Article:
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Dragon Age: The Veilguard and default bisexuality

Dragon Age: The Veilguard and default bisexuality

New romance options are here, but they raise a valid question

Sexuality, as we all know, isn’t a choice; some of us are gay, some bi, some straight, and so on. It’s normal for us to meet someone we’re attracted to, yet be unable to take the relationship further because they’re not part of the same community as us. But in the world of Dragon Age: The Veilguard, such realistic limitations have seemingly been removed, thus causing a heated discussion about default bisexuality.

In Dragon Age Origins, your character could be any sexuality your heart desired, however, your companions had fixed orientations, e.g. Alistair can only be romanced by a female Warden. But by the time Dragon Age 2 launched, the playing field had been levelled out and equalled; everyone was available to you regardless of your gender.

As someone who's a self-professed smutty gamer, determined to lay their way through the RPGs thrown at them, I welcomed having such a variety of choices. Yet not all fans agreed with the change. They argued that it wasn’t realistic; that the authenticity of representation was somewhat tainted by this free-for-all.

It's finally time for us to travel to Thedas for Dragon Age: The Veilguard

Whether that was the reason BioWare changed tactics again come Dragon Age: Inquisition, I can’t say for certain. However, romance options being locked out due to sexuality, and also race, reappeared.

I’ve never been one to shy away from playing as a male character. In fact, for years I favoured doing just that because it allowed me to explore my sexuality safely. Male characters became my beard; a way to better understand my abrosexuality without scorn or criticism. Truth be told, even without my personal reasons for preferring male characters, I've never felt frustrated when playing as a man. At least, not when I have the option to do otherwise. Still, I appreciate not everyone is as comfortable playing as the opposite sex.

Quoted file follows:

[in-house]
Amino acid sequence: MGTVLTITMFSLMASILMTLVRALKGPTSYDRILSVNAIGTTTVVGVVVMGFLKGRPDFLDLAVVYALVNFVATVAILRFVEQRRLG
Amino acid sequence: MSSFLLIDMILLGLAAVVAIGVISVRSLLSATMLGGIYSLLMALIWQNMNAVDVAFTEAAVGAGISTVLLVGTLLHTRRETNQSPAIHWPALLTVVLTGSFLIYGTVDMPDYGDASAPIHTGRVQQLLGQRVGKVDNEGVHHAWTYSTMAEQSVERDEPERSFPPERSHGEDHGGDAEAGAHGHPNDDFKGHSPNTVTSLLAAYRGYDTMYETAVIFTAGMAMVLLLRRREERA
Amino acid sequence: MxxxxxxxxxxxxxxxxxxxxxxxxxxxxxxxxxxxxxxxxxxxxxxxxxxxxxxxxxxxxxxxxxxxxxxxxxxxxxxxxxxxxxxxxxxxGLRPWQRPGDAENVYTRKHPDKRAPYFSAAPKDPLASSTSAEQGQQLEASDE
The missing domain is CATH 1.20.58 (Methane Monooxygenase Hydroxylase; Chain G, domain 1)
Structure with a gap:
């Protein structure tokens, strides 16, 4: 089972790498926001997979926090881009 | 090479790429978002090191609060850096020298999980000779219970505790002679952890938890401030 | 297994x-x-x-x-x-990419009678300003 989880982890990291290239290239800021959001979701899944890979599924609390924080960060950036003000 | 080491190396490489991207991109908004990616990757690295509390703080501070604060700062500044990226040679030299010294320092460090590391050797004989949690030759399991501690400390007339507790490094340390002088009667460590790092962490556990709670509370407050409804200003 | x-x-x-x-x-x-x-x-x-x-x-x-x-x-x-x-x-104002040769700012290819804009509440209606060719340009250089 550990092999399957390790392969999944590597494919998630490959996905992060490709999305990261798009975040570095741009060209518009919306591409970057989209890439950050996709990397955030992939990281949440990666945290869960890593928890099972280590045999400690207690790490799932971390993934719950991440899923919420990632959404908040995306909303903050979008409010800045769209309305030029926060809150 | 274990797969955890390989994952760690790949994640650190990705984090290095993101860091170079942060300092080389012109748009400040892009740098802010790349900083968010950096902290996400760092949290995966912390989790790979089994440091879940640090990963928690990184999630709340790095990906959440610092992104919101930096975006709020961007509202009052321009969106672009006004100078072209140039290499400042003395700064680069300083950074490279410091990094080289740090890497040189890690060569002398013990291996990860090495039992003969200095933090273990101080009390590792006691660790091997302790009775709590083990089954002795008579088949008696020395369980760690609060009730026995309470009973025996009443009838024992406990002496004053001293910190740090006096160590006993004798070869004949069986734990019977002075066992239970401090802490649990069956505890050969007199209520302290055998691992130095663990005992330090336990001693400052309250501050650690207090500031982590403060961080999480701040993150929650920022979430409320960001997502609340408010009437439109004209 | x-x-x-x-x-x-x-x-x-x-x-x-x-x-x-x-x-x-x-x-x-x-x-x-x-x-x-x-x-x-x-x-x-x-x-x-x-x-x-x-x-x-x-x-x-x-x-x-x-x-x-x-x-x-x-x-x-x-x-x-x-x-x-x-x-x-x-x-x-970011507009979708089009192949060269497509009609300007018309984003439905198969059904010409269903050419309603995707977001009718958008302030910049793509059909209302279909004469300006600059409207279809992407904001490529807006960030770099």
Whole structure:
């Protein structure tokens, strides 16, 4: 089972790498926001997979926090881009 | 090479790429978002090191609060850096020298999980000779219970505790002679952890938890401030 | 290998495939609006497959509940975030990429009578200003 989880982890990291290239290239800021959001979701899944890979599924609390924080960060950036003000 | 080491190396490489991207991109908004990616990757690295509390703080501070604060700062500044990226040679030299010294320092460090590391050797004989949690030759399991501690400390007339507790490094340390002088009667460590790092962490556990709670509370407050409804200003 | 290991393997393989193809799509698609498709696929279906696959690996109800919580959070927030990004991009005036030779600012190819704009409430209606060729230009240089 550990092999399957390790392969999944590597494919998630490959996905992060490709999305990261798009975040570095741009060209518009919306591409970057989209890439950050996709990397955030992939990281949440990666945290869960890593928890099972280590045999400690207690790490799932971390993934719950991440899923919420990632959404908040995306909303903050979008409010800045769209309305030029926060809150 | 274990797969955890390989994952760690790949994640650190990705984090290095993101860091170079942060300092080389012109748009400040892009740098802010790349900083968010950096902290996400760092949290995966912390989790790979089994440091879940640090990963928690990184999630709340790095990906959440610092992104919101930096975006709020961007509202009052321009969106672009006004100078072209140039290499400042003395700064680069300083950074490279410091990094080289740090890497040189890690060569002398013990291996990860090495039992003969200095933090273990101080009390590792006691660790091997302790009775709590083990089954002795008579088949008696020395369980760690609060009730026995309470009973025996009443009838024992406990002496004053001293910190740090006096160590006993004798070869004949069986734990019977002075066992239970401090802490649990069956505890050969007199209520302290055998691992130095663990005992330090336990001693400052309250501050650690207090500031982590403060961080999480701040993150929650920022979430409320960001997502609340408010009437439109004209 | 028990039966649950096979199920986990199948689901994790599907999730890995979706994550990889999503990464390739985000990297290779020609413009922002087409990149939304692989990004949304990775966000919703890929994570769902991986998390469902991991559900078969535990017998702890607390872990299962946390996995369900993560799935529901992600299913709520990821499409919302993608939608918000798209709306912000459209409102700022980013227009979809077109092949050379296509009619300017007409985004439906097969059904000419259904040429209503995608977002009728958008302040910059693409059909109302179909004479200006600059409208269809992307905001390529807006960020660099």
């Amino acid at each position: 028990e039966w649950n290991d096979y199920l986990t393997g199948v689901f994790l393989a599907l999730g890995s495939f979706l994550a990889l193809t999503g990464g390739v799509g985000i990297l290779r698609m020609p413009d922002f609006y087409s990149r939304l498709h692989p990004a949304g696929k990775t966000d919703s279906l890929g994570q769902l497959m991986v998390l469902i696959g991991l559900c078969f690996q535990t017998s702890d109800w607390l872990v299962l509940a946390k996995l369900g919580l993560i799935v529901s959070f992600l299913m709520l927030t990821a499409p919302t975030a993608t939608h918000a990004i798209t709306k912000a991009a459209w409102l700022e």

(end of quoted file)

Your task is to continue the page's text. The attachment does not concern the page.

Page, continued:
Does this mean that default bisexuality, even if you never choose to act upon it, is the logical solution? I doubt anyone would want to see Inquisition’s Dorian with a female lead. Even if you remove the lore that has Dorian canonically gay, his mannerism, behaviour, connection with male characters comes far more naturally than it does with female characters; there’s a layer of romantic anticipation there. And yes, you don’t have to romance Dorian if you play as a man, however, Dorian’s essence remains unchanged.

In contrast to this, though, you have the issue of Cassandra, a character who many believed a lesbian, or at the very least bisexual, when first introduced to her in DAII. You could say that, similar to Dorian, certain stereotypes coloured our judgement of the character, ultimately enforcing a sexuality that was never Cassandra’s to begin with. Consequently, The Veilguard removes such risk because everyone is a blank canvas for us to explore and decorate as we see fit.

Such an analogy has its limitations, mind, considering that the new companions, while still not well known to us, have obvious personalities already. Nonetheless, by removing fixed sexualities, they become far easier for us to personalise, at least to some extent.

Personally, I take no issue with default bisexuality; previous DA titles, as well as Baldur’s Gate 3, did just fine with its come one, come all mentality. Many of us don't play these games for their realism, we play for the fantasy of it all. That said, perhaps some aspects of gameplay should have a ring of truth to them.

Featured Image Credit: Electronic Arts

Topics: Dragon Age, Bioware, EA, Features